Car design at Audi: Boundless creativity
Being established around the globe shows that Audi is a global brand and working nonstop on the automotive portfolio of the future. The locations are networked with one another via the design headquarters in Ingolstadt and keep in close contact. At the same time, these three creativity forges are also competing: before their designs become reality, first they have to prevail in internal competition. Moreover, Audi Design uses its studios in China and the US as seismographs: the teams track down trends on site from the fields of mobility, art, and culture and adapt them for local and international markets.
China is Audi’s biggest single market in the world. The world's biggest sales market is thereby creating its own trends and standards. That’s why we have had our own design studio in Beijing since 2011. The location is in the prosperous Chaoyang district in the hectic metropolis of 22 million. That’s where Design manager Stephan Fahr-Becker, together with his 13-member team, focuses on the Chinese clientèle and distinctive design for the market. “Our credo is designing in China for China – be it in our series projects, show cars, or concept visions. To do that, we have to forge a relationship with the future that’s three to five years ahead of us,” says Fahr-Becker. Drafters, CAD designers, and Color & Trim experts work there with a holistic approach to the vehicle interior and exterior of the future. Another participant: Yunzhou Wu.
“For Chinese people, the car is a workplace and living space all in one. It is not just a mode of transport, but an extension of the self and, moreover, it represents individuality and especially affluence.”
More than a status symbol
“The vehicle’s appearance can come across as more ambitious, more colorful, and overall more conspicuous than in Europe, for example,” Wu explains. “In the interior, apart from the driving experience and exclusivity, connectivity and interaction play an increasingly important role when we are in rush hour traffic here, for instance,” says the Audi designer. Wu, who speaks fluent German, English, and Mandarin, worked for Audi in Ingolstadt for seven years as an interior designer. Now, the 36 year-old has been living back in China for three years and working as the coordinator for the interior design team. “As designers, we convert rapid changes in taste and momentum into the most universal design language possible and ultimately into concrete drafts and products.”
Digital car design across continents
Beijing is closely networked with the design team around Audi’s head designer Marc Lichte. The teams from Beijing and Ingolstadt meet regularly for virtual design meetings by using VR glasses. There, they review realistic and proportionate 3-D CAD models. Several designers can log in at once and make themselves known as avatars. In the past, photo-realistic 2-D computer graphics were used along with physical models, which were not only expensive to produce by hand, but also took several weeks. CAD data can now be transmitted to Ingolstadt very easily. There, the physical clay models are milled overnight. “In recent years, we have made the VR applications a standard tool in the design process. Feedback is immediate and we can make assessments right in a very early stage,” says studio manager Fahr-Becker. Wu adds, “This digital form of collaboration has become a central building block for consistent implementation of Chinese customer demands early in product development.”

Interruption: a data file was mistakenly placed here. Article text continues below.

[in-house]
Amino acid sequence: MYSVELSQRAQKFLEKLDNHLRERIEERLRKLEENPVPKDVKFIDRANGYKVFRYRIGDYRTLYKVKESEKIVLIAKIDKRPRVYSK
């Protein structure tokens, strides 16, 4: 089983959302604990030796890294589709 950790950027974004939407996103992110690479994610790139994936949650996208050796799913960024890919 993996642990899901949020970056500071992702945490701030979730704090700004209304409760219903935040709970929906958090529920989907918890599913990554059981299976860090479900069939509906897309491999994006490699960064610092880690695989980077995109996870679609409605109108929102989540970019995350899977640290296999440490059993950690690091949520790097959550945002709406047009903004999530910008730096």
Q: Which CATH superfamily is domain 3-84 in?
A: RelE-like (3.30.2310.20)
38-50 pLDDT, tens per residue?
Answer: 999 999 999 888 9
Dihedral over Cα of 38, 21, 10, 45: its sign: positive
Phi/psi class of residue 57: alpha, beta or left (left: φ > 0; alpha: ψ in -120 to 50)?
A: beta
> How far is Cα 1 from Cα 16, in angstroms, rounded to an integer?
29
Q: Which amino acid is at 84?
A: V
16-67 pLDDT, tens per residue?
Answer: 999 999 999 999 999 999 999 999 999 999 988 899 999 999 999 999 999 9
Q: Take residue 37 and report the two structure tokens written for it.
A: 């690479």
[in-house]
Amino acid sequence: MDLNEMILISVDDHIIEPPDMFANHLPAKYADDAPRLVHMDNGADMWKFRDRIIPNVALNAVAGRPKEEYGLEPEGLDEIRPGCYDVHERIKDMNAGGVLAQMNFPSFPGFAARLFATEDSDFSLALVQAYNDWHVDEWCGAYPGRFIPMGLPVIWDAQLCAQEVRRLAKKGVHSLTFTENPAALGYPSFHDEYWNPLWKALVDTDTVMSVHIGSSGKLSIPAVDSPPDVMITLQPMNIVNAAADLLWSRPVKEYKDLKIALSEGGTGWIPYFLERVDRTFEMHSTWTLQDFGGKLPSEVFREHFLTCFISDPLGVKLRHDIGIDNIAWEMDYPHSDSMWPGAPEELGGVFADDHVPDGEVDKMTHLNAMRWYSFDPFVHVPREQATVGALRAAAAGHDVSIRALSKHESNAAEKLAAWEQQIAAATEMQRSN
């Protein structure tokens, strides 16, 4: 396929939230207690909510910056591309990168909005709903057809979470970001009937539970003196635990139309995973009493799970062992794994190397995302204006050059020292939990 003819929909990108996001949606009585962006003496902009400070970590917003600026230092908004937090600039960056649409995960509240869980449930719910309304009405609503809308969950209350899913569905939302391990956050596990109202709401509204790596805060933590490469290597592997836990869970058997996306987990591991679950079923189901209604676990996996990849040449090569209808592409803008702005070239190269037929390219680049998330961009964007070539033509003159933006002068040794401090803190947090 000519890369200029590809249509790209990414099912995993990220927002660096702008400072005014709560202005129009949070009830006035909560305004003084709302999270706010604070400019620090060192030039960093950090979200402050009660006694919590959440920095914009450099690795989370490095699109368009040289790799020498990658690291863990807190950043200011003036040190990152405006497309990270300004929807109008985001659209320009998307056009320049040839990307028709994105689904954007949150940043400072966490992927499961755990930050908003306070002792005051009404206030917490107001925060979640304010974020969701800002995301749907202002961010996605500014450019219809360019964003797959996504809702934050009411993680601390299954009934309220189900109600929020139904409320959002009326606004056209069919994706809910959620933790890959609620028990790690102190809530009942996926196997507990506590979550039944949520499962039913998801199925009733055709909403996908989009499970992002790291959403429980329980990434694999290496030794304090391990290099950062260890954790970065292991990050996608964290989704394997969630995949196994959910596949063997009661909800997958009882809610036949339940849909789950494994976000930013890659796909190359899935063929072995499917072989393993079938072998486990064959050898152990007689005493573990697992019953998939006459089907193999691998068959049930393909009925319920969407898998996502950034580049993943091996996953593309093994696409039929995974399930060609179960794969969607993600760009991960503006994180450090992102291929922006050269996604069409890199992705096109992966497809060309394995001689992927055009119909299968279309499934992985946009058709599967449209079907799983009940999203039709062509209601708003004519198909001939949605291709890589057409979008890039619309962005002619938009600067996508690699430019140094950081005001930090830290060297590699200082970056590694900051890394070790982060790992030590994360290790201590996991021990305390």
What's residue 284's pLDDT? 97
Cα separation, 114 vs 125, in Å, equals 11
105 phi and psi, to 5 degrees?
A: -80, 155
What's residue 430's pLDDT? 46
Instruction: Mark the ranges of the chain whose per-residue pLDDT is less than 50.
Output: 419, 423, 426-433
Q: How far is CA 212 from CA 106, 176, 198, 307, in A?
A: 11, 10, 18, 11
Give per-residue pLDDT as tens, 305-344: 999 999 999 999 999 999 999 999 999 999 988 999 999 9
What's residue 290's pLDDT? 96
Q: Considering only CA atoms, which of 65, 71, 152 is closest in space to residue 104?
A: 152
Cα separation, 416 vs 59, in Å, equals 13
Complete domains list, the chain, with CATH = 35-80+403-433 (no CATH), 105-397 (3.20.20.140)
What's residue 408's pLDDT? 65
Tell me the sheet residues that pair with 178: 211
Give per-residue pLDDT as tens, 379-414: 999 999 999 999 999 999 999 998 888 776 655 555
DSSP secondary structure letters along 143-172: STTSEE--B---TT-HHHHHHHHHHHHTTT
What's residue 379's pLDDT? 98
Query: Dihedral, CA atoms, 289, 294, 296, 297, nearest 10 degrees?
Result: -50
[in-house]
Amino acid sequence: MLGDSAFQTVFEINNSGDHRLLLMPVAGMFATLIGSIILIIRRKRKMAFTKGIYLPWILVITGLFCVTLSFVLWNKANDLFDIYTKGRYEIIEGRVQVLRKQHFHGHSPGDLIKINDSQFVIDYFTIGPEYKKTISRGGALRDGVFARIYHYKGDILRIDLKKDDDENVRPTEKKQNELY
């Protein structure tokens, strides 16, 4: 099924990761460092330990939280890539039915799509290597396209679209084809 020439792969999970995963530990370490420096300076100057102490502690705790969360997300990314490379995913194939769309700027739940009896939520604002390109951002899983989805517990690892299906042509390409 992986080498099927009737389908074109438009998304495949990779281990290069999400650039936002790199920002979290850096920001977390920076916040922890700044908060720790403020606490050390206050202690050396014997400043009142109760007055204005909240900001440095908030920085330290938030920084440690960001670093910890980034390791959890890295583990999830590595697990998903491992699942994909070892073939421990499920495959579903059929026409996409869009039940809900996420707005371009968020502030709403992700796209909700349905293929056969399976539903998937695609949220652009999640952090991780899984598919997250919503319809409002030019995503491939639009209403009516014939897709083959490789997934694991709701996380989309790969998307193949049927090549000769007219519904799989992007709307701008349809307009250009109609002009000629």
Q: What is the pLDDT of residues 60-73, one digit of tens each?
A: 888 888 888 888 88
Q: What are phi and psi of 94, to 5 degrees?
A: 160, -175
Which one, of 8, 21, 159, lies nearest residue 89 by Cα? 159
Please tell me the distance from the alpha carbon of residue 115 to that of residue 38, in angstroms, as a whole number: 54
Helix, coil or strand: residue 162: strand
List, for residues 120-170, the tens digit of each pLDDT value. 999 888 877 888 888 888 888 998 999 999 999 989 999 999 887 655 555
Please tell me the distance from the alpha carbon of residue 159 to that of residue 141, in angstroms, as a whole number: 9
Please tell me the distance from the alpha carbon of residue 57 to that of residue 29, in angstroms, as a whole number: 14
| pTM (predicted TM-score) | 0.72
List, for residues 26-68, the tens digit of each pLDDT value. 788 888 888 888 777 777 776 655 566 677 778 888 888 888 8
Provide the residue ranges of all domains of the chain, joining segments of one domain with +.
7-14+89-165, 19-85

Malibu: epicenter of lifestyle and digital technologies
Stephan Fahr-Becker and Yunzhou Wu leave their office in Beijing in the evening shortly before Gael Buzyn’s alarm clock goes off in southern California. Buzyn is the head of Audi’s Design Studio in the heart of Malibu, not far from the boardwalk of the surf paradise and the second home for many Hollywood stars. A native of France, he is responsible for the expertise at the branch on the West Coast of the US. “Like Beijing, Malibu is an important satellite in Audi’s design cosmos for understanding and interpreting market conditions and customer needs for the brand on site,” says Buzyn, who had a fascination with cars even as a child. “The ‘American way of life’ is inconceivable without cars. In the United States, there are more licensed vehicles than there are drivers licenses,” he says smiling. “We're here because California is the epicenter and trend setter for lifestyle, new vehicle trends, and digital technologies. What’s ‘in’ here today the whole world might have tomorrow.”
“The mix of experiences and the shared fire for visions drives us to peak form again and again.”
Californian design creativity meets German efficiency
Gael Buzyn started out alone in a small, seven square meter (23 square foot) room in 2016. Since then, he has worked in a team with 12 designers and counting. There is room for 21. “The mix of experiences and the shared fire for visions drives us to peak form again and again,” says Buzyn. Audi’s new Design Loft helps with that. Creativity is foregrounded here. Ingolstadt primarily provides technical support and physical modeling. “Things that we initiate during the day are thought through more or organized overnight in Germany,” says the studio manager. “When we wake up, we have an answer.”
Challenges in designing an Audi
“Competition motivates us,” says Buzyn. For his designers, the difficulties arise not so much in their vision of a new model. Instead, challenges emerge for them far more often from market conditions as well as technology and its feasibility: “Is it too soon for the thing we're creating? Is it safe? Is it cool? Is it efficient? For us, the clientèle sets our basic orientation,” says Buzyn, who praises the degree of freedom, the carte blanche that Ingolstadt grants his studio to present new approaches, forms, and ideas. Buzyn says, “We’re one big family in the Audi design world and good car design emerges in dialog.”